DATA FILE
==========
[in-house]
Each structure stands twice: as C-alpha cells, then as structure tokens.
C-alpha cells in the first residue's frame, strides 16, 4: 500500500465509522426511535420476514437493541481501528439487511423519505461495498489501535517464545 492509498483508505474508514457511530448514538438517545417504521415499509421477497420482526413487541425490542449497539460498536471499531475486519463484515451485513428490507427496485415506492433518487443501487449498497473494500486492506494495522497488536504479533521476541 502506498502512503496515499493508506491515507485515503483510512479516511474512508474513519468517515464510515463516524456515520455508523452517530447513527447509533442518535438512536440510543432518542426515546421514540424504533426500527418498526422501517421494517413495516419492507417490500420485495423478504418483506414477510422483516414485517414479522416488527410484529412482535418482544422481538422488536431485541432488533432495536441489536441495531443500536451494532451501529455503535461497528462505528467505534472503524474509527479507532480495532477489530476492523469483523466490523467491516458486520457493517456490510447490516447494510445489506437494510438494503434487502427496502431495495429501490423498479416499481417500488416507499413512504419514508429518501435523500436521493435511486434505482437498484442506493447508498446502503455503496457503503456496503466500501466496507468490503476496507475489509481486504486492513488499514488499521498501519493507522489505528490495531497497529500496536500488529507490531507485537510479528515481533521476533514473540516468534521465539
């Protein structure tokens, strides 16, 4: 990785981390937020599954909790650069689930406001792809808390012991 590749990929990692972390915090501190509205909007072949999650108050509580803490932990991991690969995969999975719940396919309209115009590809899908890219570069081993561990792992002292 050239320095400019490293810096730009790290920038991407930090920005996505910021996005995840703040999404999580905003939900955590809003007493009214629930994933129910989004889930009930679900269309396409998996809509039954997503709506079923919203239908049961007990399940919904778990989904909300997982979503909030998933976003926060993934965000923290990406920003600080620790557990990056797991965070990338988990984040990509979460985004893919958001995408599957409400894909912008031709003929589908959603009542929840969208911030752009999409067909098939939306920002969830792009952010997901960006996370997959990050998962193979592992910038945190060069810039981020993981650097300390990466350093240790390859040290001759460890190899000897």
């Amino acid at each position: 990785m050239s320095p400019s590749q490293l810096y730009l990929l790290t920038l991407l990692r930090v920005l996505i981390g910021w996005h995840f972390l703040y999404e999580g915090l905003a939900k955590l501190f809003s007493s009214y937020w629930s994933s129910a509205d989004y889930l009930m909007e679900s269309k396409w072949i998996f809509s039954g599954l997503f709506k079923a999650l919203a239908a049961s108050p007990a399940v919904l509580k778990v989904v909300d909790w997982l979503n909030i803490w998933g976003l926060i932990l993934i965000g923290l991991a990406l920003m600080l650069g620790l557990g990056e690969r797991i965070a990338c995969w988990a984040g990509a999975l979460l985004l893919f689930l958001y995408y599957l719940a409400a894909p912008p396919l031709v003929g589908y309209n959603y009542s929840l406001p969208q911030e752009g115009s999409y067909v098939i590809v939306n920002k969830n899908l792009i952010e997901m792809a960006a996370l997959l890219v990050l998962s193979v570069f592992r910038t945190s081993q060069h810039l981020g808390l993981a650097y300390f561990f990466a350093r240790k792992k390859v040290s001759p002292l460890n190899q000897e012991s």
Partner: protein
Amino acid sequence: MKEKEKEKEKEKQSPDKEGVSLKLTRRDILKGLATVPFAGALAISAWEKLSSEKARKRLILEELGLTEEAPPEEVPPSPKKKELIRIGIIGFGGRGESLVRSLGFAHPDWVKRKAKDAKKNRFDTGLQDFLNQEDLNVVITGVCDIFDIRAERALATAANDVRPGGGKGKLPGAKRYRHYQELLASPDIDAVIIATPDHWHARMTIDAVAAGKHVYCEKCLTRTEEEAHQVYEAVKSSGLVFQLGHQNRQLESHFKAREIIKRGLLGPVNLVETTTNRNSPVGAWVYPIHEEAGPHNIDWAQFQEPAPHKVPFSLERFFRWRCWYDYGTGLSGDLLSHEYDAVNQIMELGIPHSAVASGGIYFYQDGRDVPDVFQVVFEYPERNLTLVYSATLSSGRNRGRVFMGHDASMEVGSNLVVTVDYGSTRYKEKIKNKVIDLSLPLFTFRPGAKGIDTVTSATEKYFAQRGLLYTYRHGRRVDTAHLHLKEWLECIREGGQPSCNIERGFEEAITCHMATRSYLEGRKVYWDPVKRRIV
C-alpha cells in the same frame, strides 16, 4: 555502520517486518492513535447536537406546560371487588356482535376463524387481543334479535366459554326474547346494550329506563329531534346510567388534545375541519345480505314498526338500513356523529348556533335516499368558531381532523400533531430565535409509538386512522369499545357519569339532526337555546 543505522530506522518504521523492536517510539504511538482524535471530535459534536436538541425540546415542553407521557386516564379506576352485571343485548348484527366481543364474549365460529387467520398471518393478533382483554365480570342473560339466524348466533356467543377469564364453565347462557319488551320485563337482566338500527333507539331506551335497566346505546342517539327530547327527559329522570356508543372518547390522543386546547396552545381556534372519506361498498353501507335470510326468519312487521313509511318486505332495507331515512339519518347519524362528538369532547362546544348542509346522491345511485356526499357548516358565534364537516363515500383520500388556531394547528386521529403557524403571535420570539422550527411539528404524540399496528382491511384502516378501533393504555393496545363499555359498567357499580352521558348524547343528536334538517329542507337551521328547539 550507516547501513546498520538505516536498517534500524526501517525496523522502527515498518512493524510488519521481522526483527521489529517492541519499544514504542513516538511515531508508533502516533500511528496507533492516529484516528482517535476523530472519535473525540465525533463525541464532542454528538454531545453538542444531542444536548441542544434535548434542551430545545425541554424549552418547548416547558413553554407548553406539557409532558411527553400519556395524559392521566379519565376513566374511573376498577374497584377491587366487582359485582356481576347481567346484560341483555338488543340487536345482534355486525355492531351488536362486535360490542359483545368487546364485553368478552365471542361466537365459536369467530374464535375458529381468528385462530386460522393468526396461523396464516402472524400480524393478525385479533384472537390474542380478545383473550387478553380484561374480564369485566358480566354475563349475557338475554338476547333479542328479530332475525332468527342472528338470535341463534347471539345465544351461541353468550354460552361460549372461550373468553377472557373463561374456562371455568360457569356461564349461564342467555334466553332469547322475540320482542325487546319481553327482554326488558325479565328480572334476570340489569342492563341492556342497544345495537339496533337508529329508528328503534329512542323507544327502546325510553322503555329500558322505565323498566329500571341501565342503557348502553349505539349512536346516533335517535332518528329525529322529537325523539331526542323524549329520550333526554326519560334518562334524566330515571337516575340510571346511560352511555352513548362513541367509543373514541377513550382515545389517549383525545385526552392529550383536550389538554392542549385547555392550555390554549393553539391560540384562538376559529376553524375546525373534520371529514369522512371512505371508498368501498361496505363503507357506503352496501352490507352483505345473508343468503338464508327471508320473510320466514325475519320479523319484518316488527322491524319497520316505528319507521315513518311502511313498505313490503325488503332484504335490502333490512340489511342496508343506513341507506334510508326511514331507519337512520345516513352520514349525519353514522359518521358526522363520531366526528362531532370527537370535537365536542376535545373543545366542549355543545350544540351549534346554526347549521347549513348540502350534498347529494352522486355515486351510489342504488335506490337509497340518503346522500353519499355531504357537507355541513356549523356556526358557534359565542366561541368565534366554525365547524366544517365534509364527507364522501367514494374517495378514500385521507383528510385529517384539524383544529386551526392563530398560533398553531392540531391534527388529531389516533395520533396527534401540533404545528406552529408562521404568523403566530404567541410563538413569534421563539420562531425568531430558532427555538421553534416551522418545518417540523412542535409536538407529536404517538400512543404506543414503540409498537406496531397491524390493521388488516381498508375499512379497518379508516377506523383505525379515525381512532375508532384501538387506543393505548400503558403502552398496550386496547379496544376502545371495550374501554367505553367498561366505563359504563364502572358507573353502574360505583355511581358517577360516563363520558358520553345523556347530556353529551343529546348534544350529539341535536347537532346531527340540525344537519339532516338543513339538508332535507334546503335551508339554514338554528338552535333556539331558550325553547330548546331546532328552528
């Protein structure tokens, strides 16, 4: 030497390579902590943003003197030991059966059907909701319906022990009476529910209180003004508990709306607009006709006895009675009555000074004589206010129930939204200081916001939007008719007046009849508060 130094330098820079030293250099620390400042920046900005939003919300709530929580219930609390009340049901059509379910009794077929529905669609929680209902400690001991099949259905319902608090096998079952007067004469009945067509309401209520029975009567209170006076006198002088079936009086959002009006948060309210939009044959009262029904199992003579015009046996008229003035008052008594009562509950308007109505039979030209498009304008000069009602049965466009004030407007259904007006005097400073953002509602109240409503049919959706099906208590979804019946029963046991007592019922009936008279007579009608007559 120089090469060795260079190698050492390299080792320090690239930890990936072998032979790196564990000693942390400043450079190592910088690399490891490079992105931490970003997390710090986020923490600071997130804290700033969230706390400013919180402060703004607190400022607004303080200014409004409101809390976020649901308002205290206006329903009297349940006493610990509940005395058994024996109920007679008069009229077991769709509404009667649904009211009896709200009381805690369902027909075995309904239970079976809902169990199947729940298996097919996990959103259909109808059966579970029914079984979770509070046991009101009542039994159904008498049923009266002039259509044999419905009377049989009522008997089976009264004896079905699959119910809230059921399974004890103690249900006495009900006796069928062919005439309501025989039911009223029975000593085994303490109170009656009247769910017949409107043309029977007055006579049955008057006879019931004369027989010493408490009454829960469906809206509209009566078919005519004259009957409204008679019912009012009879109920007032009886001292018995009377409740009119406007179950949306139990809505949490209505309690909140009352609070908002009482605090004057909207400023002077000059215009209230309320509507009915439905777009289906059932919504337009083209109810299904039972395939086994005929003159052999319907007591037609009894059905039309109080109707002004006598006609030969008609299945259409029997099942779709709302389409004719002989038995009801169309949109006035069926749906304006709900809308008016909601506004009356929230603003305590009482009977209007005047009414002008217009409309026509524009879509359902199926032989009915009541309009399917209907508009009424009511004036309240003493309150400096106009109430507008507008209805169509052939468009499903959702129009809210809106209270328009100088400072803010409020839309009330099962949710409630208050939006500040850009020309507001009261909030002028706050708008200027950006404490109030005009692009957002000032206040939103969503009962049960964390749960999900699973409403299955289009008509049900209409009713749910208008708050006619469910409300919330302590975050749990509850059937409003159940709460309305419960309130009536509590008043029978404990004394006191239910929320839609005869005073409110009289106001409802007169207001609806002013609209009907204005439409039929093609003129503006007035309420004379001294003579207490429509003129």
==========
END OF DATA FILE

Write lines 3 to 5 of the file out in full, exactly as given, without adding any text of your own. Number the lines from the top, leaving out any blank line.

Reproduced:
C-alpha cells in the first residue's frame, strides 16, 4: 500500500465509522426511535420476514437493541481501528439487511423519505461495498489501535517464545 492509498483508505474508514457511530448514538438517545417504521415499509421477497420482526413487541425490542449497539460498536471499531475486519463484515451485513428490507427496485415506492433518487443501487449498497473494500486492506494495522497488536504479533521476541 502506498502512503496515499493508506491515507485515503483510512479516511474512508474513519468517515464510515463516524456515520455508523452517530447513527447509533442518535438512536440510543432518542426515546421514540424504533426500527418498526422501517421494517413495516419492507417490500420485495423478504418483506414477510422483516414485517414479522416488527410484529412482535418482544422481538422488536431485541432488533432495536441489536441495531443500536451494532451501529455503535461497528462505528467505534472503524474509527479507532480495532477489530476492523469483523466490523467491516458486520457493517456490510447490516447494510445489506437494510438494503434487502427496502431495495429501490423498479416499481417500488416507499413512504419514508429518501435523500436521493435511486434505482437498484442506493447508498446502503455503496457503503456496503466500501466496507468490503476496507475489509481486504486492513488499514488499521498501519493507522489505528490495531497497529500496536500488529507490531507485537510479528515481533521476533514473540516468534521465539
């Protein structure tokens, strides 16, 4: 990785981390937020599954909790650069689930406001792809808390012991 590749990929990692972390915090501190509205909007072949999650108050509580803490932990991991690969995969999975719940396919309209115009590809899908890219570069081993561990792992002292 050239320095400019490293810096730009790290920038991407930090920005996505910021996005995840703040999404999580905003939900955590809003007493009214629930994933129910989004889930009930679900269309396409998996809509039954997503709506079923919203239908049961007990399940919904778990989904909300997982979503909030998933976003926060993934965000923290990406920003600080620790557990990056797991965070990338988990984040990509979460985004893919958001995408599957409400894909912008031709003929589908959603009542929840969208911030752009999409067909098939939306920002969830792009952010997901960006996370997959990050998962193979592992910038945190060069810039981020993981650097300390990466350093240790390859040290001759460890190899000897």
């Amino acid at each position: 990785m050239s320095p400019s590749q490293l810096y730009l990929l790290t920038l991407l990692r930090v920005l996505i981390g910021w996005h995840f972390l703040y999404e999580g915090l905003a939900k955590l501190f809003s007493s009214y937020w629930s994933s129910a509205d989004y889930l009930m909007e679900s269309k396409w072949i998996f809509s039954g599954l997503f709506k079923a999650l919203a239908a049961s108050p007990a399940v919904l509580k778990v989904v909300d909790w997982l979503n909030i803490w998933g976003l926060i932990l993934i965000g923290l991991a990406l920003m600080l650069g620790l557990g990056e690969r797991i965070a990338c995969w988990a984040g990509a999975l979460l985004l893919f689930l958001y995408y599957l719940a409400a894909p912008p396919l031709v003929g589908y309209n959603y009542s929840l406001p969208q911030e752009g115009s999409y067909v098939i590809v939306n920002k969830n899908l792009i952010e997901m792809a960006a996370l997959l890219v990050l998962s193979v570069f592992r910038t945190s081993q060069h810039l981020g808390l993981a650097y300390f561990f990466a350093r240790k792992k390859v040290s001759p002292l460890n190899q000897e012991s």